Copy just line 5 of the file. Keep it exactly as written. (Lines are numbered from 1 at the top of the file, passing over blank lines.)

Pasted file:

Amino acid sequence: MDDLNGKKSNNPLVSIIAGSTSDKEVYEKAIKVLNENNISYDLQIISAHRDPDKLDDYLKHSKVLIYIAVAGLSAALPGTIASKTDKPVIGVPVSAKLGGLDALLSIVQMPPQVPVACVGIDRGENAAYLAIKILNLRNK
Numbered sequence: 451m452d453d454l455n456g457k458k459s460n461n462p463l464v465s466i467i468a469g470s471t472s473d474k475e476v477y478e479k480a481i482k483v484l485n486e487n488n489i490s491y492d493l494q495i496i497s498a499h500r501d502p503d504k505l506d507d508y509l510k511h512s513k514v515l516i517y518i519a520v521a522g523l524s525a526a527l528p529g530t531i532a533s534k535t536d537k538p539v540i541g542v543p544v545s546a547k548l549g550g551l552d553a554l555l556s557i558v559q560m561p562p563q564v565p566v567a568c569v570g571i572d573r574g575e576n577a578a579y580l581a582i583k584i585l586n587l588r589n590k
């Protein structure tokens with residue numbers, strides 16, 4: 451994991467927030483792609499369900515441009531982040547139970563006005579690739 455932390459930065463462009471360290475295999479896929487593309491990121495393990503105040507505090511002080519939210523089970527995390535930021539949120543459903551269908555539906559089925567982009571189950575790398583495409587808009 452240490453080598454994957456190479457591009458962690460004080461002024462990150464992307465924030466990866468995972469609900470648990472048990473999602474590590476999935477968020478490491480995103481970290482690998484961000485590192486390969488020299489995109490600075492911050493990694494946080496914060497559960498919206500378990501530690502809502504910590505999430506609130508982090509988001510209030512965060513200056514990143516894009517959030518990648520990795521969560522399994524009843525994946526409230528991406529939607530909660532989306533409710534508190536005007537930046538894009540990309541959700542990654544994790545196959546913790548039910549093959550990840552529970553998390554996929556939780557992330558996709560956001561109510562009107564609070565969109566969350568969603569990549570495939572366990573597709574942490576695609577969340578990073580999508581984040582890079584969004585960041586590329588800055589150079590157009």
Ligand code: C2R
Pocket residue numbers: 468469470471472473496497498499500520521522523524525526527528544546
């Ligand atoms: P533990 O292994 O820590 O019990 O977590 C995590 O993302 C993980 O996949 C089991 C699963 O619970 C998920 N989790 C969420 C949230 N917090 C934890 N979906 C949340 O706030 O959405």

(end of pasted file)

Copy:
Pocket residue numbers: 468469470471472473496497498499500520521522523524525526527528544546